To everyone else that I have shared my story with, including friends, colleagues, and all those who have offered encouragement after I have shared my other blog articles I have written about my NVLD:  Thank you. It was not until I studied Gibson’s 2006 Disability Identity Theory course in my Student Development Theory course in graduate school, that I decided to push myself to that stage three of Gibson’s theory and wanting to become an advocate for individuals with disabilities.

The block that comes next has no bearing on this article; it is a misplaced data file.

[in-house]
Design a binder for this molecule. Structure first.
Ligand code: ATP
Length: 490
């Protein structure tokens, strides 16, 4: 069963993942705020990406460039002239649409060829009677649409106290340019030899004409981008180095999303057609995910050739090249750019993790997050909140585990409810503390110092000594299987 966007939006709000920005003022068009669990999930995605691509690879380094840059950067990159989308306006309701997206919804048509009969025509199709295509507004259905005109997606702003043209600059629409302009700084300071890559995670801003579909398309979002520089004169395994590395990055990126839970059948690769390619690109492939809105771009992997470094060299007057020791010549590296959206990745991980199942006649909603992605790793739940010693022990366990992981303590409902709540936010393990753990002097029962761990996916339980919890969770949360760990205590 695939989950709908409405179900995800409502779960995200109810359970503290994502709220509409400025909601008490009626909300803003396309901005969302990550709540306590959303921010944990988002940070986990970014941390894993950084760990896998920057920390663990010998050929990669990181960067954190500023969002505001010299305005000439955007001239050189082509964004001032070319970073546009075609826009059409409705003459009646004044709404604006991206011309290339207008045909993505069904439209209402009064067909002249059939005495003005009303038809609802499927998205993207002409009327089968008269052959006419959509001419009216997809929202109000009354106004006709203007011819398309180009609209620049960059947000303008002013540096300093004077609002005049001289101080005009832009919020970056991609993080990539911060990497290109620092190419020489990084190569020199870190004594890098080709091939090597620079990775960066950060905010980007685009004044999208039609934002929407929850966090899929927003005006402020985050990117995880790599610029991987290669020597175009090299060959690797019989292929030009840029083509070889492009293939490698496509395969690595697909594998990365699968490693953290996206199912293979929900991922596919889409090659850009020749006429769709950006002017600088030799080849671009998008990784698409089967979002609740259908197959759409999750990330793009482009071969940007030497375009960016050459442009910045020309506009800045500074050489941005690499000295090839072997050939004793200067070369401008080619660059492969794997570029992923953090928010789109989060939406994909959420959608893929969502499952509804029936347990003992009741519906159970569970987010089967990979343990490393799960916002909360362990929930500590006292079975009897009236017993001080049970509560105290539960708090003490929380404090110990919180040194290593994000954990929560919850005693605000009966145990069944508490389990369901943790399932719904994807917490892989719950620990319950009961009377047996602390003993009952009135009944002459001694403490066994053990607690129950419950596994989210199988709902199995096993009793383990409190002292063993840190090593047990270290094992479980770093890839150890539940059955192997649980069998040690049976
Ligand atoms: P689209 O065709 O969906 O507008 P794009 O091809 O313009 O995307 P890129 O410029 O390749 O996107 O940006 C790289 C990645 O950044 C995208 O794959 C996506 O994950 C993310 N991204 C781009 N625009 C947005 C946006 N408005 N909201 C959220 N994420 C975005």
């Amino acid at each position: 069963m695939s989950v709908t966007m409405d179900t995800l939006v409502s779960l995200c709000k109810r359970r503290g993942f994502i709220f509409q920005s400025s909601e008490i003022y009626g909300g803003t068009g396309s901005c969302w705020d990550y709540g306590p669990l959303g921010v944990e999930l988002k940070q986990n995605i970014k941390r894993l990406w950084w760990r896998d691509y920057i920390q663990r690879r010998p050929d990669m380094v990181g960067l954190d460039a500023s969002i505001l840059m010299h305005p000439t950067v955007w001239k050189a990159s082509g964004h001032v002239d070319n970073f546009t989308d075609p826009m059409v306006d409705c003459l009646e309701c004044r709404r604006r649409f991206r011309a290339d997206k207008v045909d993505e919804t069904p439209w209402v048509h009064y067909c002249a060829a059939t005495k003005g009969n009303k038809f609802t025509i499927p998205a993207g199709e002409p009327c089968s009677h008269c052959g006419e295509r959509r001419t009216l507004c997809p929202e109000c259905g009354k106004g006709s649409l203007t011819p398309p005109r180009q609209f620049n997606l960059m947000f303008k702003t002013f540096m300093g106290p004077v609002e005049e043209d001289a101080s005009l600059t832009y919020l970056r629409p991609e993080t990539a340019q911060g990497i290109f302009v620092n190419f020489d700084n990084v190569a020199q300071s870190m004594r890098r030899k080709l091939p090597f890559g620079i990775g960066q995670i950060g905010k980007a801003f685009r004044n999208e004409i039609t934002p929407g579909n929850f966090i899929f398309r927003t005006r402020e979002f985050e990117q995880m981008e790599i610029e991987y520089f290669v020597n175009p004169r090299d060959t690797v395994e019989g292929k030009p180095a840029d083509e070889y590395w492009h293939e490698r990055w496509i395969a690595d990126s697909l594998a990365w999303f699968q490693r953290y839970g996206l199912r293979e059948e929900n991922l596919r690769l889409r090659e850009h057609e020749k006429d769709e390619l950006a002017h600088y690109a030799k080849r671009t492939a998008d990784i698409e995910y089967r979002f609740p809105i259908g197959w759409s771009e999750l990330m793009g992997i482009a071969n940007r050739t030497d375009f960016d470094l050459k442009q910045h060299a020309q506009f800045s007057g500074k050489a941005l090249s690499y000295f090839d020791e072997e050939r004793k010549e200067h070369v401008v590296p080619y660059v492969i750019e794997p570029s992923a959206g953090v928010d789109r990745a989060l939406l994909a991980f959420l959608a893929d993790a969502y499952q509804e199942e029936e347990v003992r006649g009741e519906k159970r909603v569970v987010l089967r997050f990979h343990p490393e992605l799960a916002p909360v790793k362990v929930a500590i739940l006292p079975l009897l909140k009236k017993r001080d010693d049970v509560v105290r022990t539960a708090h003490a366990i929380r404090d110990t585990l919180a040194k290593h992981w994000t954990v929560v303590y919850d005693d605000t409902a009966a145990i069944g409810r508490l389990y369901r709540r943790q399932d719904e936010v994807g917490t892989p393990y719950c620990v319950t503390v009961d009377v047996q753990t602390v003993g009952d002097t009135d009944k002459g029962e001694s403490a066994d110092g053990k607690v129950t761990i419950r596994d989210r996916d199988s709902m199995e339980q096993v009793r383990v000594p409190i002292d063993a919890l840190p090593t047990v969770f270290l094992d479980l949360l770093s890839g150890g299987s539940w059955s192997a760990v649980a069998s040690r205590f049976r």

Thank you to Dr. Sally Lorentson who allowed me to focus on Gibson’s theory as my term project even though the theory focuses on intercultural competence when the graduate course was on college student development theories. After not needing accommodations in undergrad, my underlying enjoyment for implementing universal design for learning and for Tina encouraging me to journal about my experiences, I wanted to break my silence as individuals stated microaggressions such as “You don’t look like you have a learning disability” to me.  As student affairs professionals, we “are in a position to break the silence around diverse impairments” (Evans, Forney, Guido, Renn, & Patton, 2016, p. 241). Disclosing to others including supervisors, can be intimidating especially if you just met them. I recommend employing the practice by explaining your disability as how you learn and then as you build a relationship with your supervisor continuing to advocate what you need while sharing what you feel comfortable with when. Also, Gibson believes that fluidity as individuals can fluctuate between the different stages depending on situations that impact them (Evans, Forney, Guido, Renn, & Patton, 2016).